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Sender: "Team Ada: Ada Advocacy Issues (83 & 95)" <[log in to unmask]>
From: "W. Wesley Groleau x4923" <[log in to unmask]>
Date: Thu, 12 Feb 1998 12:33:26 -0500
Reply-To: "W. Wesley Groleau x4923" <[log in to unmask]>
Parts/Attachments: text/plain (44 lines)
> Mike > ... between a mathematician and a domain expert ...
>      > choose the mathematician
>
> Wes > ... integrals ... to 5 math majors ... they had forgotten how to
>     > do that long ago ... ... 2 senior domain engineers: it was
>     > impossible to calculate ...
>
> Of course math majors forgot how to calculate, they use computer
> tools for all calculations and they do the creative thinking and
> problem solving.

I didn't ask them to calculate anything.  I needed to write software to do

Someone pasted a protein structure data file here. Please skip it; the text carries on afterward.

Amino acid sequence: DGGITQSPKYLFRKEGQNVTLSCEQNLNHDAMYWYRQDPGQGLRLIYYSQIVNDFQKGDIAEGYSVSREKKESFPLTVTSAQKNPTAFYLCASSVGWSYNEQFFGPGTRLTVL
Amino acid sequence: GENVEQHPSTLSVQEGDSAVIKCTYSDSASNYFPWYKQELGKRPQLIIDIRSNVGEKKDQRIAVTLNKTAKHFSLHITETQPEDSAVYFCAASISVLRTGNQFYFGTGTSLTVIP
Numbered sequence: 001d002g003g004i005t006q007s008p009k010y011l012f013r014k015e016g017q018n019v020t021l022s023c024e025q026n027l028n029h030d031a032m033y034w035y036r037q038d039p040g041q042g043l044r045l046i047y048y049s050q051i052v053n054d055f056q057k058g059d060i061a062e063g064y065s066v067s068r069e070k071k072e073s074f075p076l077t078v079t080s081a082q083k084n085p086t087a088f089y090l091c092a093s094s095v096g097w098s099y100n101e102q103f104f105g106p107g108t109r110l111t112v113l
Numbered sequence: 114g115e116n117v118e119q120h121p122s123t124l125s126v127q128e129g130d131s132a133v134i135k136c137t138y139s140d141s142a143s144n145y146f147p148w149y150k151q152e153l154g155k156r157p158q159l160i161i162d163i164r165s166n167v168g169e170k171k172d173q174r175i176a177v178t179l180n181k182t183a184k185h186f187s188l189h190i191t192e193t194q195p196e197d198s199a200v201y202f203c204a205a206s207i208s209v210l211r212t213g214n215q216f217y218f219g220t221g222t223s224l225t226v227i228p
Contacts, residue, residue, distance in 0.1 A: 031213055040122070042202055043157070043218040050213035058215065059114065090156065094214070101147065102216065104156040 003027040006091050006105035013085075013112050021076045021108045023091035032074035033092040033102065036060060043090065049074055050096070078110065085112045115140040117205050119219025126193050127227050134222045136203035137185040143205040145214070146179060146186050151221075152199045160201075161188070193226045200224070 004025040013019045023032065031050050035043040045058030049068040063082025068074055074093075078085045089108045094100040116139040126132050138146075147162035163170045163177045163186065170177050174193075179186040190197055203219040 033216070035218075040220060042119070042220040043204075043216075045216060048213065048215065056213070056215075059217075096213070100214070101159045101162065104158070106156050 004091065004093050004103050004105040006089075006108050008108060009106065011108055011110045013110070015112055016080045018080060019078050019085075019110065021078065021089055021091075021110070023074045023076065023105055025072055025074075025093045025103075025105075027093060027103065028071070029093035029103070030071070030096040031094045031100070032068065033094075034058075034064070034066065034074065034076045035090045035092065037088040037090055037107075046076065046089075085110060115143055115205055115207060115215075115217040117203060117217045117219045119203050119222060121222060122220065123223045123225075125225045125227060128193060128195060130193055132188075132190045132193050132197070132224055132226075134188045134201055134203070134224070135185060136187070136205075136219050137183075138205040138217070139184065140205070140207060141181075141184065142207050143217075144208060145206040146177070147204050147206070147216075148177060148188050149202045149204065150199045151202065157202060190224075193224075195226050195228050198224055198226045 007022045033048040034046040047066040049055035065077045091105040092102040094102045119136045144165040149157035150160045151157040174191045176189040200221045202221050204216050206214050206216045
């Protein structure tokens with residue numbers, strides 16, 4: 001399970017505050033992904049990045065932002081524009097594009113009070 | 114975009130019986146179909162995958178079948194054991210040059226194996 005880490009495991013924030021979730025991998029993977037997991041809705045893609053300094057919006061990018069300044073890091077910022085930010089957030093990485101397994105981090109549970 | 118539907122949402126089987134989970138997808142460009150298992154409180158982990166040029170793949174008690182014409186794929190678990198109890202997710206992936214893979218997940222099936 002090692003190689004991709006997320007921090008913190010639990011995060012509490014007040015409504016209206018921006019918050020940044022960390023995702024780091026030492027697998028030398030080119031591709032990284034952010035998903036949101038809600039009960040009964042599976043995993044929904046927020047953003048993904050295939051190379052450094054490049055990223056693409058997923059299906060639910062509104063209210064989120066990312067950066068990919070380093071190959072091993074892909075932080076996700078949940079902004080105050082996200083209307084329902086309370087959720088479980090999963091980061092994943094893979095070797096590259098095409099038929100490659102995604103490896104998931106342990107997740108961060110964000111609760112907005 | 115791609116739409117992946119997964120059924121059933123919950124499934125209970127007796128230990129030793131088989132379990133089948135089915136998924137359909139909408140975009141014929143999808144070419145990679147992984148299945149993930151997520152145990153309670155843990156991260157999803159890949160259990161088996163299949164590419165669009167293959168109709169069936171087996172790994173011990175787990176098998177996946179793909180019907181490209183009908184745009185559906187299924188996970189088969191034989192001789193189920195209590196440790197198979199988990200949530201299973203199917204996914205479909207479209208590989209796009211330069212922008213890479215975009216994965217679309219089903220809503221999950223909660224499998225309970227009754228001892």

the calculation.  I asked them to critique my "proof" that a certain
algorithm was "correct." In effect, they were saying they (math majors)
did not remember

1. whether integration was the right tool to predict the location of an
object given a previous location, previous velocity, and rate of change of
velocity (where velocity is speed & direction, both changing).

2. whether my integration of some polynomial/trigonometric functions was
correct

3. how to use association, commutation, substitution. factoring, and other
algebraic tricks to determine whether some of my transformations of the
integrals were valid.

4. how to use trigonometric identitities to determine whether my other
transformations were valid.

And the whole thing started because I wouldn't believe the "domain
engineers" who said that the _only_ way to get the location was to
repetitively compute a sufficient number of sufficiently small constant
velocity line segments.

Coding and testing it showed that someone--never having taken a calculus
course, having only an intro to trig fifteen years prior, and algebra
(junior high school) twenty years prior--did in fact accomplish what the
domain engineers said was impossible, and the math majors didn't know how
to do.

THAT is why I answered your claim that a mathematician can do anything by
pointing out that a math major is not necessarily a mathematician.

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